We were not far from two hundred miles east of the Capes, or at least so one of the mates told me, gruffly answering a question, and it was already growing twilight, the sun having disappeared a half hour before. There was but little air stirring, barely enough to keep the sails taut, while the swell of the sea was sufficient to be uncomfortable, making walking on the deck a task. We were wallowing along amid a waste of waters, the white-crested waves extending in every direction to the far horizons, which were already purpling with the approach of night. I had been closely confined to my bunk for two days with illness, but now, somewhat stronger, had been ordered on deck by the surgeon. The last batch of prisoners, after their short hour of recreation, had been returned to the quarters below, but I was permitted to remain alone undisturbed. I sat there quietly, perched on a coil of rope, with head just high enough to permit an unobstructed view over the side.

The deck aft was almost deserted, the passengers being at supper in the cabin. I could glimpse them through the unshaded windows, seated about a long table, while occasionally the sound of their voices reached me through the open companion-way. The mate was alone on the poop, tramping steadily back and forth, his glance wandering from the sea alongside to the flapping canvas above, but remained silent, as the brig was on her course. Once he clambered down the side ladder, and walked forward, shouting out some order to a group of sailors under the lee of the forecastle. It was on his return that I ventured to question him, and was gruffly answered. Something I said however, gave him knowledge that I was a seaman, and he paused a moment more civilly before resuming his watch, even pointing out what resembled the gleam of a distant sail far away on our starboard quarter. This was such a dim speck against the darkening horizon that I stood up to see better, shadowing my eyes, and forgetful of all else in aroused interest. Undoubtedly it was a sail, although appearing no larger than a gull's wing, and my imagination took me in spirit across the leagues of water. I was still standing there absorbed, unaware even that the mate had departed, when a voice, soft-spoken and feminine, broke the silence.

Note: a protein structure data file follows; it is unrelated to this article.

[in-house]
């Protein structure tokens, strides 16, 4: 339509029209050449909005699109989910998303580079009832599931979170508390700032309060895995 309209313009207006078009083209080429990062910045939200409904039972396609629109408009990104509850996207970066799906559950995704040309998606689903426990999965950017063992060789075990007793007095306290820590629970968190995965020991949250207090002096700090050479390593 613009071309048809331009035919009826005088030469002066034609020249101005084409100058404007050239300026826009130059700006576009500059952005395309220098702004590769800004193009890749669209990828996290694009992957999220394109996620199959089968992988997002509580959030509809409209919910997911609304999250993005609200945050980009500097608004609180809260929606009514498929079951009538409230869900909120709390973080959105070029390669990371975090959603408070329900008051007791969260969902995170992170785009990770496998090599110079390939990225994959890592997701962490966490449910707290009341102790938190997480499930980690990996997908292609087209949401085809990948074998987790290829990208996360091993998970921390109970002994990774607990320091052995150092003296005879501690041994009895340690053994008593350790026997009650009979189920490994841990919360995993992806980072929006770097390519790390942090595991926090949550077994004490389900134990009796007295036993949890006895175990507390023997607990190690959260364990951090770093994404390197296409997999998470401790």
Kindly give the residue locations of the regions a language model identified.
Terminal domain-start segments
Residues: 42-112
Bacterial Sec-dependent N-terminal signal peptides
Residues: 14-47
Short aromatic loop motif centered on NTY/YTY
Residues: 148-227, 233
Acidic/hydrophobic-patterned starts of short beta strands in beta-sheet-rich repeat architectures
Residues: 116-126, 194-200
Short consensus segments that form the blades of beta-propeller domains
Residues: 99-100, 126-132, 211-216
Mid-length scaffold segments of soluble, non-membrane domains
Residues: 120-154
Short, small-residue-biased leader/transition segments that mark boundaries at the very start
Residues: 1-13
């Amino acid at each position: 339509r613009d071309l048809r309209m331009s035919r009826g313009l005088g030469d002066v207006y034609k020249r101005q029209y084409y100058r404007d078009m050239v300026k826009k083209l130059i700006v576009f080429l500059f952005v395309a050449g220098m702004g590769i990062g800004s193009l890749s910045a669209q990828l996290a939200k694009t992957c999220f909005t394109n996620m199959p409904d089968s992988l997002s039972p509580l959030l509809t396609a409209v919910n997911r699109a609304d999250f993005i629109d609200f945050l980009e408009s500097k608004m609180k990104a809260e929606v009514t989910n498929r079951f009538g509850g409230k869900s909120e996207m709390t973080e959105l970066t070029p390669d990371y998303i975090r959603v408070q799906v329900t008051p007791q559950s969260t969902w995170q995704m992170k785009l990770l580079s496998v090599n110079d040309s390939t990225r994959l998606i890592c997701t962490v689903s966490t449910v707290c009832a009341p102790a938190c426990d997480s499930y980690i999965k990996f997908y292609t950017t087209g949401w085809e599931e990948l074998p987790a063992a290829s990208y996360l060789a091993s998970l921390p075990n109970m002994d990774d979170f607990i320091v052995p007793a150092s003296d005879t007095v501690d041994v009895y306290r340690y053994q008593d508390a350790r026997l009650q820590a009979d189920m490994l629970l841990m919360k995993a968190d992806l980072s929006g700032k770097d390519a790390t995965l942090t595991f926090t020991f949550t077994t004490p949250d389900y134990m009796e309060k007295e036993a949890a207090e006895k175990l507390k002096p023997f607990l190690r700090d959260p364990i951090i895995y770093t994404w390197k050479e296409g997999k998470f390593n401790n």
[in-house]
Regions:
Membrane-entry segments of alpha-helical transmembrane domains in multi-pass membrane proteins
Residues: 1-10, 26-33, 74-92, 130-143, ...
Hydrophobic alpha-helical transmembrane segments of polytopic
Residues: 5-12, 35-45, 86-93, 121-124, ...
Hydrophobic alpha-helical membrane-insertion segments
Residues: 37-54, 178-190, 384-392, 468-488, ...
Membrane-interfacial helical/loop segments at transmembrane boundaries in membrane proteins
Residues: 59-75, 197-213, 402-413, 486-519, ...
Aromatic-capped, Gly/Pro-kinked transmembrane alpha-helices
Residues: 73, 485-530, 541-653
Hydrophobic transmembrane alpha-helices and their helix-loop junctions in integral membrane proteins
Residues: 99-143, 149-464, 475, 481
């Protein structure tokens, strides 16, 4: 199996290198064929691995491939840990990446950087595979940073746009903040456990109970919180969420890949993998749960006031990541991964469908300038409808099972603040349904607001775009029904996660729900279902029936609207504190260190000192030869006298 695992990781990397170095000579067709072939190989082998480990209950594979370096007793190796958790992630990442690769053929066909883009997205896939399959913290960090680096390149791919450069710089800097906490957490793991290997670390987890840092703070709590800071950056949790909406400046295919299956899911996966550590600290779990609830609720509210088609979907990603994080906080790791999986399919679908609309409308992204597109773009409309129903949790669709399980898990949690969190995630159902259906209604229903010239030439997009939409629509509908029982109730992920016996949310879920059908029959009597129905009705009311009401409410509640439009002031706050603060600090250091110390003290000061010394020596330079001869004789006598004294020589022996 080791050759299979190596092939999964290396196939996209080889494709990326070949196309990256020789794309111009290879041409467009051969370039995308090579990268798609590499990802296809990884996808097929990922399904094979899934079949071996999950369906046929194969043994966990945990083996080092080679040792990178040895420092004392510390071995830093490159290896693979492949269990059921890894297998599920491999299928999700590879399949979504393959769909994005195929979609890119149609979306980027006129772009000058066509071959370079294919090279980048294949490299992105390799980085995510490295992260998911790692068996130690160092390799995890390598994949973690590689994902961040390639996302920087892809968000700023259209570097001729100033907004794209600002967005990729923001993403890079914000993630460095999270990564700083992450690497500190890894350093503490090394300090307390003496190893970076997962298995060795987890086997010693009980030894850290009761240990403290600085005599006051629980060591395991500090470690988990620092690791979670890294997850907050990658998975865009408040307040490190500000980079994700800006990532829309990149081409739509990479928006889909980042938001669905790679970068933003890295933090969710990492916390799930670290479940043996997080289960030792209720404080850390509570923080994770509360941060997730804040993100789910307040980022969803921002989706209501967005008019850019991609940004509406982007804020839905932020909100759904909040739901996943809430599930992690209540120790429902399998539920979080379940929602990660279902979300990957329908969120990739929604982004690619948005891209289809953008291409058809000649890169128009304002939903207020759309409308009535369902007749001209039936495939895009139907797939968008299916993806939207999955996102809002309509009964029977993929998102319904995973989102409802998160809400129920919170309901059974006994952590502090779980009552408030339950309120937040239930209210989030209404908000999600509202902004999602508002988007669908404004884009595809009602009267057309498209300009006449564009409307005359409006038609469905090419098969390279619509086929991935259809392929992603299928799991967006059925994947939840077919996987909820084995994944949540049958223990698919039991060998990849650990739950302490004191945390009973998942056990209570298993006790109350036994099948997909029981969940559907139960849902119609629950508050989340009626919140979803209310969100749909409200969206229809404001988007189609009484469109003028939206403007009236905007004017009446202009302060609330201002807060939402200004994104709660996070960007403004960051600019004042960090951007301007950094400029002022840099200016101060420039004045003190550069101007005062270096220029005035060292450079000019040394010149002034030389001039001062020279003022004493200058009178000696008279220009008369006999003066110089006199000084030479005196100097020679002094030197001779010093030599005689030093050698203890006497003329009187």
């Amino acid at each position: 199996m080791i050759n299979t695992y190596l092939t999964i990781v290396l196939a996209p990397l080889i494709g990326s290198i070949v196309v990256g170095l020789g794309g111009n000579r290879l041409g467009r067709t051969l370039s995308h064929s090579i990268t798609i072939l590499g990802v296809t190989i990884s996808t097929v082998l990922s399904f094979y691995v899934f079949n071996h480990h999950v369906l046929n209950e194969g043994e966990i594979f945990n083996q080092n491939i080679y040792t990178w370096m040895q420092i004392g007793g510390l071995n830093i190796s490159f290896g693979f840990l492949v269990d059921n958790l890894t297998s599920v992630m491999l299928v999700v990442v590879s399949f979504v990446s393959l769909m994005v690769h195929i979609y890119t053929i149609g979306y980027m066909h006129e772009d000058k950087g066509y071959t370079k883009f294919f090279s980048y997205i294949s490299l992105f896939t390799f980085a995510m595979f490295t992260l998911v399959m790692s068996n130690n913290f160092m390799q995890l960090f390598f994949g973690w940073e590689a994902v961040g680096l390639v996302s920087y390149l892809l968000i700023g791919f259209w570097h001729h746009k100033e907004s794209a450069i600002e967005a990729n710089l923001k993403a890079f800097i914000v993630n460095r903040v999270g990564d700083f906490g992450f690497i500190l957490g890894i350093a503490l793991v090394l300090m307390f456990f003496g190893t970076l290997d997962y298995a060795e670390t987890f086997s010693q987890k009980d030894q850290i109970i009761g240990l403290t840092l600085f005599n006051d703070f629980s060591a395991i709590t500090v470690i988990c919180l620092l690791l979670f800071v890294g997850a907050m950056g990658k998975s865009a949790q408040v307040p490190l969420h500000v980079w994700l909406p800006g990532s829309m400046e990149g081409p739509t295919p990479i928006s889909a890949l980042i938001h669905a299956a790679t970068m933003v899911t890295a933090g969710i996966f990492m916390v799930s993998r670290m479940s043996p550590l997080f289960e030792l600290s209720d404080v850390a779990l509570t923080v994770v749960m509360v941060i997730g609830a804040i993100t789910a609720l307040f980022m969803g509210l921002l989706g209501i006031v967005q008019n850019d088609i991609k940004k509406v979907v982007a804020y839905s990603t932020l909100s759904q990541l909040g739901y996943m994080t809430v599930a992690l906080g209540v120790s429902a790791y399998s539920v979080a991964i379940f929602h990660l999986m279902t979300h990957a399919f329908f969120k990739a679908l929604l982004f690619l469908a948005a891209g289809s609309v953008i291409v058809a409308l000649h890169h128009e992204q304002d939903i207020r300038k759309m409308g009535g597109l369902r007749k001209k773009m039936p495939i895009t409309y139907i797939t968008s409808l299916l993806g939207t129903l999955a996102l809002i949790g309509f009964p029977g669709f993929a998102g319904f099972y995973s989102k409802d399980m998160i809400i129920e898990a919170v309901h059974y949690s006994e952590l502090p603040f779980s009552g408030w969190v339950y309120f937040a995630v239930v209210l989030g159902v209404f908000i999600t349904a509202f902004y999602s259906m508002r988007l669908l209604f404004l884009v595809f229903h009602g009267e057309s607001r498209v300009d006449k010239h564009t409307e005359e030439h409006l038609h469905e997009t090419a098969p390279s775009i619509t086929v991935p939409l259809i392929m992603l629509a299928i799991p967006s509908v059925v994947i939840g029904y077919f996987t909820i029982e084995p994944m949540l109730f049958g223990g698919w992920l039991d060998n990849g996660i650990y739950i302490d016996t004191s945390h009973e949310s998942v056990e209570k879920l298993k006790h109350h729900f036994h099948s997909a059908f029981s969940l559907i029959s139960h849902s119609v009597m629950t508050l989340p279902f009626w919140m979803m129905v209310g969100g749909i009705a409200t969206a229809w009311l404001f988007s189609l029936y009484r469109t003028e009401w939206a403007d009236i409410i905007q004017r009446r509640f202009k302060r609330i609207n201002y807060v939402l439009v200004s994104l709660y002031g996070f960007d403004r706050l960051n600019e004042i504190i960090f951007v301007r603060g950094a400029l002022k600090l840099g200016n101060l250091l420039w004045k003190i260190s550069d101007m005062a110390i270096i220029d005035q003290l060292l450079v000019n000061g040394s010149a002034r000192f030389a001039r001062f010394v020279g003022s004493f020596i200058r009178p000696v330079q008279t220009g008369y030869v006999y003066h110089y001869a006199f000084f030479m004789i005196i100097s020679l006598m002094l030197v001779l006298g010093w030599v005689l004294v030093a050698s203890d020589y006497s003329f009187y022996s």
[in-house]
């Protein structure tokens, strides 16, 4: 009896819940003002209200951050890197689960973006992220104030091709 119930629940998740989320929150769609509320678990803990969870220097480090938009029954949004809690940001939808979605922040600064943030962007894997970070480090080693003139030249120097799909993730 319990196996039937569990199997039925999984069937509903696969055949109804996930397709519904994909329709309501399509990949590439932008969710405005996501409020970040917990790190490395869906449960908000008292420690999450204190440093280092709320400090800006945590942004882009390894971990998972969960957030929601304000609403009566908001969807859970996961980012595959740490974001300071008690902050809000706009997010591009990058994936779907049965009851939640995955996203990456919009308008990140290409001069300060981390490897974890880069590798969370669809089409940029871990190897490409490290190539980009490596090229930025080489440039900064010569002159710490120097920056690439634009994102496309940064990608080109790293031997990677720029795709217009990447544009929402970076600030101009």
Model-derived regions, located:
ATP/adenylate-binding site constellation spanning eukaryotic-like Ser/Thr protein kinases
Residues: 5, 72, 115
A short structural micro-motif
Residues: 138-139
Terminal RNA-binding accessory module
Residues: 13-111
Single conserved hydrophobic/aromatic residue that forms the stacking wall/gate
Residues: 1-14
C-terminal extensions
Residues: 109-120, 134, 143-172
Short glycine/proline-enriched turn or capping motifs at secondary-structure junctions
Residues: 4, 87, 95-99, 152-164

"May I speak with you?"

I turned instantly, so thoroughly surprised, my voice faltered as I gazed into the upturned face of the questioner. She stood directly beside me, with only the rope barrier stretched between us, her head uncovered, the contour of her face softened by the twilight. Instantly my cap was off, and I was bowing courteously.

"Most certainly," with a quick side glance toward the guard, "but I am a prisoner."

"Of course I know that," in smiling confidence. "Only you see I am rather a privileged character on board. No one expects me to obey rules. Still that does not apply to you, does it?" hesitating slightly. "Perhaps you may be punished if you talk with me—is that what you meant?"

"I am more than willing to assume the risk. Punishment is no new experience to me; besides just now I am on sick leave, and privileged. That accounts for my being still on deck."

"And I chanced to find you here alone. You have been ill?"

"Not seriously, but confined to the berth for a couple of days. And now the doctor prescribes fresh air. This meeting with you, I imagine, may prove even of greater benefit than that."

"With me? Oh, you mean as a relief from loneliness."

"Partly—yes. The voyage has certainly proven lonely enough. I have made few friends forward, and am even bold enough to say that I have longed for a word with you ever since I first saw you aboard."

"Why especially with me?"